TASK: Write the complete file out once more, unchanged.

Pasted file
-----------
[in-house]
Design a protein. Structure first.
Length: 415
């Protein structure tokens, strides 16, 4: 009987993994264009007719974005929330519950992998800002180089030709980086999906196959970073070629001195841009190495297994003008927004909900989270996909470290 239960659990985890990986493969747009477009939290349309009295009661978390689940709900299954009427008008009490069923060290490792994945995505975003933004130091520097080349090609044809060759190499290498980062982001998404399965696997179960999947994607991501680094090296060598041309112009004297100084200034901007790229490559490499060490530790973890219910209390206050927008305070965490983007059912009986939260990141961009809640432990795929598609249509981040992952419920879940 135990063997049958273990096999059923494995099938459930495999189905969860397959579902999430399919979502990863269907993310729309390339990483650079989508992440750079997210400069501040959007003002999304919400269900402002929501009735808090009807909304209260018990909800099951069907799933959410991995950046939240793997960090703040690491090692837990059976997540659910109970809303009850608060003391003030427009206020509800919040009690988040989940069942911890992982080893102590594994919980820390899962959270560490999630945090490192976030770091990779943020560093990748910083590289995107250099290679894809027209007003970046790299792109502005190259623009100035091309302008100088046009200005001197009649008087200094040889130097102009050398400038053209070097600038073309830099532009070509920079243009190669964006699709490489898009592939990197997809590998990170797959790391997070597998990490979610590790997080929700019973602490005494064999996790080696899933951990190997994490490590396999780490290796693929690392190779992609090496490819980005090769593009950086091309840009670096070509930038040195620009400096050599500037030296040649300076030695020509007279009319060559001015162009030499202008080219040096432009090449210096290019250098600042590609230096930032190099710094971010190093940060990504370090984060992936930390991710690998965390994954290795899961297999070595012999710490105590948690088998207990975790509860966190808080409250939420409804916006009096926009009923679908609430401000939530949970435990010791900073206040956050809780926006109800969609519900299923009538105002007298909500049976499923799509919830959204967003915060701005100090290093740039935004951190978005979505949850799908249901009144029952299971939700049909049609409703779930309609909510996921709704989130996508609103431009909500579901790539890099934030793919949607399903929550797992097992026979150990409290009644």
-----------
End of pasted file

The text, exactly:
[in-house]
Design a protein. Structure first.
Length: 415
């Protein structure tokens, strides 16, 4: 009987993994264009007719974005929330519950992998800002180089030709980086999906196959970073070629001195841009190495297994003008927004909900989270996909470290 239960659990985890990986493969747009477009939290349309009295009661978390689940709900299954009427008008009490069923060290490792994945995505975003933004130091520097080349090609044809060759190499290498980062982001998404399965696997179960999947994607991501680094090296060598041309112009004297100084200034901007790229490559490499060490530790973890219910209390206050927008305070965490983007059912009986939260990141961009809640432990795929598609249509981040992952419920879940 135990063997049958273990096999059923494995099938459930495999189905969860397959579902999430399919979502990863269907993310729309390339990483650079989508992440750079997210400069501040959007003002999304919400269900402002929501009735808090009807909304209260018990909800099951069907799933959410991995950046939240793997960090703040690491090692837990059976997540659910109970809303009850608060003391003030427009206020509800919040009690988040989940069942911890992982080893102590594994919980820390899962959270560490999630945090490192976030770091990779943020560093990748910083590289995107250099290679894809027209007003970046790299792109502005190259623009100035091309302008100088046009200005001197009649008087200094040889130097102009050398400038053209070097600038073309830099532009070509920079243009190669964006699709490489898009592939990197997809590998990170797959790391997070597998990490979610590790997080929700019973602490005494064999996790080696899933951990190997994490490590396999780490290796693929690392190779992609090496490819980005090769593009950086091309840009670096070509930038040195620009400096050599500037030296040649300076030695020509007279009319060559001015162009030499202008080219040096432009090449210096290019250098600042590609230096930032190099710094971010190093940060990504370090984060992936930390991710690998965390994954290795899961297999070595012999710490105590948690088998207990975790509860966190808080409250939420409804916006009096926009009923679908609430401000939530949970435990010791900073206040956050809780926006109800969609519900299923009538105002007298909500049976499923799509919830959204967003915060701005100090290093740039935004951190978005979505949850799908249901009144029952299971939700049909049609409703779930309609909510996921709704989130996508609103431009909500579901790539890099934030793919949607399903929550797992097992026979150990409290009644």